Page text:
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The Perils of Grocery Shopping Without a Basket

Soon to be an Olympic Event

You came to the grocery store merely to pick up a few things, so you didn't bother to get a cart. You didn't even grab a basket. You figured you could carry everything in your bare hands. However, you were sorely mistaken. It turned out you needed milk, and while you were at the dairy case, why not get a dozen eggs? And you might as well grab some cheese.

The problem is you're already juggling the can of coffee, which was the item you originally came in for, along with the toilet paper you realized you needed. Not to mention the five boxes of Kraft Dinner you couldn't afford not to pick up -- after all, it was on for 59 cents a box -- and, by gosh, you couldn't return home without bread because you're down to your last few slices at home, and you suspect those may have gone stale.

By the time you get to the checkout, the coffee and toilet paper are wedged under your arm, the dairy products are teetering in the palm of your hand, and the three bags of ice-cold milk are dangling from what you can almost recognize as your little finger, if only its circulation hadn't been completely cut off. Under your other arm you've managed to stuff the five boxes of Kraft Dinner, the central one slithering forward in a pathetic bid for freedom, as well as a loaf of now completely squished bread.

Moreover, you have chosen to imitate a pro basketball player by grasping a large honeydew melon that, in an 11th-hour decision, you decided to bring home to your spouse as a surprise treat. To top it off, you're balancing a small bag of kitty litter on your head.

Should you be embarrassed? No. You didn't mean for things to turn out this way. You came into the store with every intention of picking up some coffee, and that was all. Things went awry only after you discovered that traversing the aisles has a magical way of jogging your memory and triggering the "Eureka" phenomenon -- "Hey, I need that item!" Worse, trundling through the merchandise stimulates fresh desire.

These forces are irresistible. You needn't be ashamed, unless you've sunk so low as to carry a grocery item in your teeth. That is going too far.

Under exceptional circumstances, however, you may take an item between your teeth. This should only be done once you have reached the checkout, and then only with certain items. For example, it is perfectly acceptable to bite and take a five-pack of gum or chocolate bars, but you must never use your mouth to get batteries. And when using this technique, watch the alignment of your body -- keep it upright for balance or you may lose the kitty litter.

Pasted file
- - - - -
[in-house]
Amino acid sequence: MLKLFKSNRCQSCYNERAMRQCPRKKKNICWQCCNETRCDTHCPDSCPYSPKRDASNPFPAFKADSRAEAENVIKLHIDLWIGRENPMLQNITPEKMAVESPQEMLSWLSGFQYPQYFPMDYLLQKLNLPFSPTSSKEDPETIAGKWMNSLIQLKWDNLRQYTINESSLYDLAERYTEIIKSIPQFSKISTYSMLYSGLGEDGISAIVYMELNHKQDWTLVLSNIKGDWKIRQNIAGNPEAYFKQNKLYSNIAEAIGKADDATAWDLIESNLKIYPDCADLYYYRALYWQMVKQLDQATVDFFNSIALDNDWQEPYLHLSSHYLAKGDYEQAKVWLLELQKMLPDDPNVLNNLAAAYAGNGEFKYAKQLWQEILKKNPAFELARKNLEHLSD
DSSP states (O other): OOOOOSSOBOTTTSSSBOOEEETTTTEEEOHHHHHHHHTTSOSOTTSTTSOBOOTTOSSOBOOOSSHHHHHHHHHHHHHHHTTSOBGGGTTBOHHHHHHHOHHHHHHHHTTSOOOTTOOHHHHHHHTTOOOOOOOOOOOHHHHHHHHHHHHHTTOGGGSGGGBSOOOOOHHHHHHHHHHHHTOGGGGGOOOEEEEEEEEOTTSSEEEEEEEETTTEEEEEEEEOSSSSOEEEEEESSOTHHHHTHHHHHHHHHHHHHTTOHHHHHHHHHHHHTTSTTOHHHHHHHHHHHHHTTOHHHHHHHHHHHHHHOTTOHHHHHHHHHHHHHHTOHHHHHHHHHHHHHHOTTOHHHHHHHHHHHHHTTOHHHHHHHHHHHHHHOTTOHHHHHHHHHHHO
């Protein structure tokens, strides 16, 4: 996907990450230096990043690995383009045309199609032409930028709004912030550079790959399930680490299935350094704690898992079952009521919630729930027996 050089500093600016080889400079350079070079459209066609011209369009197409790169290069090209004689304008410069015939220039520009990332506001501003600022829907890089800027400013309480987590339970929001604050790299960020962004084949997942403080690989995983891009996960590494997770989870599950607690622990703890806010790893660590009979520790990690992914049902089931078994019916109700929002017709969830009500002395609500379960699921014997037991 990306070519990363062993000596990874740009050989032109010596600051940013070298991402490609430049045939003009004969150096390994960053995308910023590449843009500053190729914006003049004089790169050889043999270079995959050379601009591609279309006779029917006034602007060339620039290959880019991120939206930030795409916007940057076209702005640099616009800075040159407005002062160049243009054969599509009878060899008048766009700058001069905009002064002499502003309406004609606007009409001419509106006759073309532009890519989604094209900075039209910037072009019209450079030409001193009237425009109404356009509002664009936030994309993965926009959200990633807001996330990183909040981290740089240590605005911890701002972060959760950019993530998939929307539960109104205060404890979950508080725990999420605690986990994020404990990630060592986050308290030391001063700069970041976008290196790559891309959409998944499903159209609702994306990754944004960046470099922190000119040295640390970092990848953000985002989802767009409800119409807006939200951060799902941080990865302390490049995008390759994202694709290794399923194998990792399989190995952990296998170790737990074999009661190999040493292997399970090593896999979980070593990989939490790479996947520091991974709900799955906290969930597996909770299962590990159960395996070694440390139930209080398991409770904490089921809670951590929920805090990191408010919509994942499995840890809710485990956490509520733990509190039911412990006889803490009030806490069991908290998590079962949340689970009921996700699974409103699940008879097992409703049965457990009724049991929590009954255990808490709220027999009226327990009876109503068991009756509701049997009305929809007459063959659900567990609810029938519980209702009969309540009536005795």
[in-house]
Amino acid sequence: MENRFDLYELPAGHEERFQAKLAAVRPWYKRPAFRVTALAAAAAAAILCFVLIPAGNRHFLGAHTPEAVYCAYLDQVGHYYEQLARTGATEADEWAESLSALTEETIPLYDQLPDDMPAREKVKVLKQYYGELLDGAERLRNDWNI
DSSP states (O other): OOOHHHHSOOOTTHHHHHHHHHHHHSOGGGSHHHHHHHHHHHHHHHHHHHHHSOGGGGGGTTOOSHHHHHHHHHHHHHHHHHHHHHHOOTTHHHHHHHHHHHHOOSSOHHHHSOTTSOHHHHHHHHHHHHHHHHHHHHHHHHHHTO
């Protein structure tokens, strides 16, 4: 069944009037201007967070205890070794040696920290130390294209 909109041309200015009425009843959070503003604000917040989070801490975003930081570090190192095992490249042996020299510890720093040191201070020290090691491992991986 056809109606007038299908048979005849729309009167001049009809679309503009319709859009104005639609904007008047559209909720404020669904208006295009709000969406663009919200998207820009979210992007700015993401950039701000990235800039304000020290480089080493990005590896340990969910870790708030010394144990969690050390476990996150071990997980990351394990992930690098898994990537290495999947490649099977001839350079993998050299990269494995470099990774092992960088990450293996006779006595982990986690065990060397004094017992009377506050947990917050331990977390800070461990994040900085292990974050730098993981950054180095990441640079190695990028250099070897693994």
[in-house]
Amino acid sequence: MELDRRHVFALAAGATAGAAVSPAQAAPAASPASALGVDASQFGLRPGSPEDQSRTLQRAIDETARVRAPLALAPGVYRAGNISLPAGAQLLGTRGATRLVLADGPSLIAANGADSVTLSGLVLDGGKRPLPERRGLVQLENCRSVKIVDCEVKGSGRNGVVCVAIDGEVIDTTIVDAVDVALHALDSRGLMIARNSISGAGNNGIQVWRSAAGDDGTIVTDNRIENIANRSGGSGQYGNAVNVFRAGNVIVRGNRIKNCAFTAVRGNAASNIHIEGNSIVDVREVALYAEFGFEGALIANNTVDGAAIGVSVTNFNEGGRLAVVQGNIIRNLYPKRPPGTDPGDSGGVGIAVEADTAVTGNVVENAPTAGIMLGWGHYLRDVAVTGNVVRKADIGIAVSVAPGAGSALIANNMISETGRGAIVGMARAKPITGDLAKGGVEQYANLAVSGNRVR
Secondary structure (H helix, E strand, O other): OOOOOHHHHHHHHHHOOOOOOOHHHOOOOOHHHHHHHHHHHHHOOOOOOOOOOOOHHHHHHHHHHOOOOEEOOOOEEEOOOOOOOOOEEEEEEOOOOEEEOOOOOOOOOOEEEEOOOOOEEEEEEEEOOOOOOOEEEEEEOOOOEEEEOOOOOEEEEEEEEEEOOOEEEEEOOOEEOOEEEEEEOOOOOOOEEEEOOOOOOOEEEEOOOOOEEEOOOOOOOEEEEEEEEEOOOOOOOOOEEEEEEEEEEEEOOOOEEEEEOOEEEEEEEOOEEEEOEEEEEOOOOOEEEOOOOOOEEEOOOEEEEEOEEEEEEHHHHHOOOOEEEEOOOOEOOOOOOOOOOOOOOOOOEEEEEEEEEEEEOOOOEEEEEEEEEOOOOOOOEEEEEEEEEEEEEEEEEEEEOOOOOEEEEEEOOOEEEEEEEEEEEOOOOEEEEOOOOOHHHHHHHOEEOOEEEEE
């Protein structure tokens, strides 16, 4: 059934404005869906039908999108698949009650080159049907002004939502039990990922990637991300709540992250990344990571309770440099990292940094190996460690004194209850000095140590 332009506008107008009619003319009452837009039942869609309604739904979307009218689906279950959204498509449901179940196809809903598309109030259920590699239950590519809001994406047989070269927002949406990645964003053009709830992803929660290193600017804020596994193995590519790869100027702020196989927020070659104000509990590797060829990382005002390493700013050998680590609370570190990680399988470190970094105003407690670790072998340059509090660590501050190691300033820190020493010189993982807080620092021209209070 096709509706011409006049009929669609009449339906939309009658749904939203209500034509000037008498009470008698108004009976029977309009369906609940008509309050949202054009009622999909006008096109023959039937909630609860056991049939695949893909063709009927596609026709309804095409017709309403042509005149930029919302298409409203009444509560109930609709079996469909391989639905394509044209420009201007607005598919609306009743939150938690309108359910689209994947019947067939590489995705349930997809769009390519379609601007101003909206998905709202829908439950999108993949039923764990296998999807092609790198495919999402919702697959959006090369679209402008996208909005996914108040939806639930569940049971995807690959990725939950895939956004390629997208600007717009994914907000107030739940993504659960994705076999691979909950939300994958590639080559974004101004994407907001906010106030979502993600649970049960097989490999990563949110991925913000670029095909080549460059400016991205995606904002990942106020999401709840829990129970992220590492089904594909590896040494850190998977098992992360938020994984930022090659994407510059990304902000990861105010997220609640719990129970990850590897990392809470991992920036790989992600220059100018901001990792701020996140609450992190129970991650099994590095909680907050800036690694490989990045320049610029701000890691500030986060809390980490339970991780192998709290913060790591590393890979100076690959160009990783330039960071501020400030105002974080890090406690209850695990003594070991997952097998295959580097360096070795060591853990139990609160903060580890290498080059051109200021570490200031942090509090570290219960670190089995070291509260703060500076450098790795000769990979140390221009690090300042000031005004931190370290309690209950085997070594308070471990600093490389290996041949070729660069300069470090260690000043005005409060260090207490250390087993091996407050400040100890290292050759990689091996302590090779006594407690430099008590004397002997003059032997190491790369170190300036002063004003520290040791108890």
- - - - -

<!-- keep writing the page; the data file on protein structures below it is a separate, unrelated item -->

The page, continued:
Now that you have reached the checkout, having harvested as much bounty as the human anatomy can carry, you will want to unburden yourself as soon as possible, before your milk-laden little finger loses its battle with gravity, before the loaf of bread becomes irrevocably compressed into pita, and before the central Kraft Dinner box gets away from you.

Unfortunately, the checkout counter will be chockablock with someone else's groceries. Obviously you've got to wait until there's room for yours. There will be room when the rubber surface moves forward, as it does periodically, although science has not yet determined what factors must coalesce to cause this movement.

A short prayer may be in order. For example: "Please, God, let the rubber surface move forward before my wretched limbs and weary appendages give way." Eventually, your prayer will be answered and movement will take place.

This gives rise to an important issue: Exactly how far must the rubber surface shift before you can, in good conscience, deem there to be sufficient room for your groceries?

There are several schools of thought on this: Some shopping experts define "room for the next person's groceries" as a space wide enough to accommodate a large carton of juice. Others are more conservative and recommend waiting for a space that will hold an eight-pack of hot dog buns laid lengthwise nose-to-tail. More liberal authorities say it's perfectly acceptable to place slender items such as toothbrushes on the rubber surface as soon as there's room for them.

In the end, it's your judgment call. But remember: If the shopper in front of you puts down the plastic divider baton, this signals that it's open season for your groceries regardless of how small the available surface area is.

Interestingly, the perceived weight of your load will increase proportionally to the number of seconds you must wait at the checkout. You may encounter unforeseen delay. For instance, the customer in front of you might not be adept at using the Interac bank-card payment system.

In fact, no one is. Theoretically there is a 50-50 chance of swiping a bank card with its magnetic strip facing the right direction, but in practice the first swipe attempt is always wrong.

This causes delay, but you must take care not to pressure the shopper in front of you. You must avert your gaze and pretend to read the covers of the tabloid magazines on the rack beside you. Eventually the rubber surface will move forward and you may begin the cathartic process of unburdening.

You have suffered greatly, make no mistake. And the moral of all this is simple: When you enter the grocery store, get a cart. Or at the very least a basket. But do not attempt shopping with just your bare hands. It is the equivalent of riding a horse bareback, with no saddle, or playing football without a helmet. Some people do it, but things are much easier and safer when you have the equipment.

published in the National Post, January, 1999